I've been listening to a lot of old-school hip-hop lately. I love the fact that back in the '80s and early '90s, a hip-hop artists was judged on lyrical content and not by how many units they sold.
That isn't to say that gangsta rap killed lyricism or anything. Gangsta rap had its start with Boogie Down Production's Criminal Minded - and that was during the Queensbridge/South Bronx beef in, like, '86! Lyricism is proven to exist alongside hardcore lyrics. A well-crafted description of a homicide is cool to listen too - and I don't care if you flippin' hate gangsta rap, you're going to be hypnotized by the way someone like Rakim or Nas or Pastor Troy details murder.
Lyricism died down with hip-hop going mainstream. Simple sells. Well. "Crank Dat": DUMBEST FUCKING LYRICS EEEEEVVVVVVVVVVVAAAAAAAAAAAAARRRRRRRRRRRRRR! But it sold. Soulja Boy knows his audience. Catchy hooks, dancing, and pseudo-gangsta lyrics will get play in the clubs, school dances, and radio. Sappy/Sensual rap + females = big sales. Hip-hop is just the latest in a line of music genres who have seemingly lost their edge with commercialization. That's just the way the music business works; the song will sell more if its simple, danceable, and a little controversial.
Now that I've got my rant out the way, I want to show my appreciation to old-school hip-hop. Old-school to me means anything before 2005, my senior year in high school. I know that's not a very big timespan, but that's also a defining point in time. Anyway, stuff like The Slim Shady LP, Get Rich Or Die Trying, Stillmatic, The Blueprint, and Through Yo' Hood Up define my early life. And keep in mind that I haven't touched on Paid In Full, Straight Outta Compton, The Chronic, Face Off (Pastor Troy's Album), We Can't Be Stopped, or even Raising Hell. Whether talking production - wise or lyrically - speaking, these albums shaped every cafeteria emcee and wanna-be thug in middle and high school. Yelling "YYYYYEEEEEEEEEEEAAAAAAAAAAAHHHHHHHH!!!!!!!!!!!!" was still acceptable. I'm Serious bumped caddys and fords. And we still were a little unknown down south besides Outkast. I don't know; I just miss how back when I was a high school freshman no one was talking about how the south killed hip-hop.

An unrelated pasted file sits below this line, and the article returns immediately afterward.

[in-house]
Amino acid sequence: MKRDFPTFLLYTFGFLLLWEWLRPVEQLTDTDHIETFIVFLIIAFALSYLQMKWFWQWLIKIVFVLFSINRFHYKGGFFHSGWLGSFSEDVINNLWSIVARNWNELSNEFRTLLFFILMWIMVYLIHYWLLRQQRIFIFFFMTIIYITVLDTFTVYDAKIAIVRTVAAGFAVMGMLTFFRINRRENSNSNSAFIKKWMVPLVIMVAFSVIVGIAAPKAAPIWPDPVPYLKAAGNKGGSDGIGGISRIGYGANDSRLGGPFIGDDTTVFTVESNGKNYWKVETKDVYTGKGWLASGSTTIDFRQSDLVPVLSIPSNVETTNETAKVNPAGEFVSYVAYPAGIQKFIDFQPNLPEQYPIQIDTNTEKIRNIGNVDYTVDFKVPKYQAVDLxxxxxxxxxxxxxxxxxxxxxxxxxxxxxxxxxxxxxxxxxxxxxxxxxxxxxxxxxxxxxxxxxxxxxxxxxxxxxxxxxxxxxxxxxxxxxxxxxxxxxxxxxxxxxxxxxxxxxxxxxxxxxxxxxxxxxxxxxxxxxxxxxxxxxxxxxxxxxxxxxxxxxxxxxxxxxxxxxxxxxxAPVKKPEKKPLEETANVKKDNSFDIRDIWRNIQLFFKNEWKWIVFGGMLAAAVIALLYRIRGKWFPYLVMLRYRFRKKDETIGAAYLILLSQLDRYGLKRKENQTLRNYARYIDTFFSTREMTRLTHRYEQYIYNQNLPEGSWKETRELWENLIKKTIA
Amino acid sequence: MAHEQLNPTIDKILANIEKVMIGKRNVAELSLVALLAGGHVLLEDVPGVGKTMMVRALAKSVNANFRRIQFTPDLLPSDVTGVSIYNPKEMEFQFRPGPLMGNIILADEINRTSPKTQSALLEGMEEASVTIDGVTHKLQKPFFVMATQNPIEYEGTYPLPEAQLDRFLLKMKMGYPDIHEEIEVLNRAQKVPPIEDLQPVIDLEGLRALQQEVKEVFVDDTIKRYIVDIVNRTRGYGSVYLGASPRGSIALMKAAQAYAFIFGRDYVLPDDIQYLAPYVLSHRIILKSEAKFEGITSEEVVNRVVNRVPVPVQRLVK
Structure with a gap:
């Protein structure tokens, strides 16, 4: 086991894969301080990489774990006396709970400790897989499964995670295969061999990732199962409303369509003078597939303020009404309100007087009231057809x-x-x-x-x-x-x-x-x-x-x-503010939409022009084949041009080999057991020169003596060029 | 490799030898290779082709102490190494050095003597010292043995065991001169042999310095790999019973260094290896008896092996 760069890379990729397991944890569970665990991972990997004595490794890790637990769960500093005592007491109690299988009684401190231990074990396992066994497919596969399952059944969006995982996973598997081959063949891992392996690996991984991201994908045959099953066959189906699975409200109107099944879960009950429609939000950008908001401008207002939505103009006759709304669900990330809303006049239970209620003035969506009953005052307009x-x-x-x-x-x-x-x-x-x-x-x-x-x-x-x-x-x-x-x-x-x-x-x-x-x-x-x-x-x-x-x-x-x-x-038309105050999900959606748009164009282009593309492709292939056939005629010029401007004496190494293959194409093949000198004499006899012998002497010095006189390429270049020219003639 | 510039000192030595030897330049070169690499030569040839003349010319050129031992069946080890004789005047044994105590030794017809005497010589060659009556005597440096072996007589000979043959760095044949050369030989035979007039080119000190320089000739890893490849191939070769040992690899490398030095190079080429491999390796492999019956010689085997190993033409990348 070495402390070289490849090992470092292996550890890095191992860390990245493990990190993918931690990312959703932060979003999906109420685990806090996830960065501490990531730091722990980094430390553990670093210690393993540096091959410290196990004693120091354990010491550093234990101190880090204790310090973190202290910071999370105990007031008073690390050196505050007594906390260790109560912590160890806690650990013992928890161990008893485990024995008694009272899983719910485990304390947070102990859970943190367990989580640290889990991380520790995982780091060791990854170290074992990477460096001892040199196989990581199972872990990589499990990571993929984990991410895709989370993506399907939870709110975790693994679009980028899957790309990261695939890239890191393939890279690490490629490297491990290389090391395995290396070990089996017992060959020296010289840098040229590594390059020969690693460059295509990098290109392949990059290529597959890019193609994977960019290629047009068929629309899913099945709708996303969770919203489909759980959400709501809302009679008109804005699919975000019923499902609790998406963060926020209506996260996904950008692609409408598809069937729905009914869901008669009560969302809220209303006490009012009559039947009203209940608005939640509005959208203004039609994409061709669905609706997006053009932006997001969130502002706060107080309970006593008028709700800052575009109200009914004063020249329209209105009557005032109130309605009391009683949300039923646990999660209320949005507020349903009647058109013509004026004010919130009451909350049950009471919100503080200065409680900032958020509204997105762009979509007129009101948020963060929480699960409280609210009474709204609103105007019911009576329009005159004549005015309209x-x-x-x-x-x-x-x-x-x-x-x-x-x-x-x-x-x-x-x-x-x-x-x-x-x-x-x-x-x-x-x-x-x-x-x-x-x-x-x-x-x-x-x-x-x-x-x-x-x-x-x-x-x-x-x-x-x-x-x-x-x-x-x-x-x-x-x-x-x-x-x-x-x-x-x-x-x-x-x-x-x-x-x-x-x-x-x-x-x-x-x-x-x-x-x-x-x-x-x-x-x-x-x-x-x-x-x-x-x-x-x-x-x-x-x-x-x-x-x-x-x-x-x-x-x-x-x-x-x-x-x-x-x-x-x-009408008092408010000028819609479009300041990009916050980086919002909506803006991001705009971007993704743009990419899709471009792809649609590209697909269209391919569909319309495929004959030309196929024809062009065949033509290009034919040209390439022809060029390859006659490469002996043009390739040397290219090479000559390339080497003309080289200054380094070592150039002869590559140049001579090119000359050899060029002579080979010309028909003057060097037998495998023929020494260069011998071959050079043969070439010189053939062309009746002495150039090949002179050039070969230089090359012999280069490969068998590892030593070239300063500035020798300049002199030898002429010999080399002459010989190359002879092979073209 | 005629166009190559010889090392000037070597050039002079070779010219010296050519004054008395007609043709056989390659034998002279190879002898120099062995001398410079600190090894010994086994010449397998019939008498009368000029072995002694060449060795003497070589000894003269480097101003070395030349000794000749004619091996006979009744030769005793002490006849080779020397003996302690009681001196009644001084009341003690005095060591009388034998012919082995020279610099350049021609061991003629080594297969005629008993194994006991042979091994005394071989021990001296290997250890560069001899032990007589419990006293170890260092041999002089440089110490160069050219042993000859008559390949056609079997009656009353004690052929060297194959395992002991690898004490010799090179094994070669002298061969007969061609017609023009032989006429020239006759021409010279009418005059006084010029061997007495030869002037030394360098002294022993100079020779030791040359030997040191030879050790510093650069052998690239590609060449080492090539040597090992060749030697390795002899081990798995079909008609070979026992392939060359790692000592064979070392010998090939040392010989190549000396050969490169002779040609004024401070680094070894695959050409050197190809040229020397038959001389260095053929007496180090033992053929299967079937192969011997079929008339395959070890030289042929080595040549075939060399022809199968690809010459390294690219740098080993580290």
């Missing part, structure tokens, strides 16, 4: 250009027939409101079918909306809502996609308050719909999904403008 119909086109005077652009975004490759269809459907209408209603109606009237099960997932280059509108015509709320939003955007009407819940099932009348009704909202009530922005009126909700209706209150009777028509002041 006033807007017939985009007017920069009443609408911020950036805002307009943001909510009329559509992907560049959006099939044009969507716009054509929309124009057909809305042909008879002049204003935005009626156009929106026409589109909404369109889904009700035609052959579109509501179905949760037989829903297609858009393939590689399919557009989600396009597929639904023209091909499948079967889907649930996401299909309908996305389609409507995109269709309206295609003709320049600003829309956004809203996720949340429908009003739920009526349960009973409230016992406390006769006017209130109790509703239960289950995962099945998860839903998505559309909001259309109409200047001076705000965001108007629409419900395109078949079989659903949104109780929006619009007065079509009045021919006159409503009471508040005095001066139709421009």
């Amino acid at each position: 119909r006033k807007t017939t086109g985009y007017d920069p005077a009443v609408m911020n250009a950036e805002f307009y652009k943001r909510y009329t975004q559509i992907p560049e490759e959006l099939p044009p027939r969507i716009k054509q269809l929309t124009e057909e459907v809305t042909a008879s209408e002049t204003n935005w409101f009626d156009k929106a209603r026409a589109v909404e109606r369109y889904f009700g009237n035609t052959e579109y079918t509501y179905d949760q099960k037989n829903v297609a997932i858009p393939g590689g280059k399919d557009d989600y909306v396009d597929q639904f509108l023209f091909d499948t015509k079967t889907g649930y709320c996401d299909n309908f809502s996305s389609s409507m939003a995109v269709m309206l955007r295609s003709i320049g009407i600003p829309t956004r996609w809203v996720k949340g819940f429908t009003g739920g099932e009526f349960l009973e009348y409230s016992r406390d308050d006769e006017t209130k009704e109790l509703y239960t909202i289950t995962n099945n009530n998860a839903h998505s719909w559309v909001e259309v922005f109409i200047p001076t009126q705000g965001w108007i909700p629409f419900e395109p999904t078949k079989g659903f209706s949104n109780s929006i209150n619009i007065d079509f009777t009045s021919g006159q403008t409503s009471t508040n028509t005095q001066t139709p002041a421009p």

I started this blog early in the morning. It's now almost 8PM. I've gotten distracted. Time to listen to Radio and MM...Food.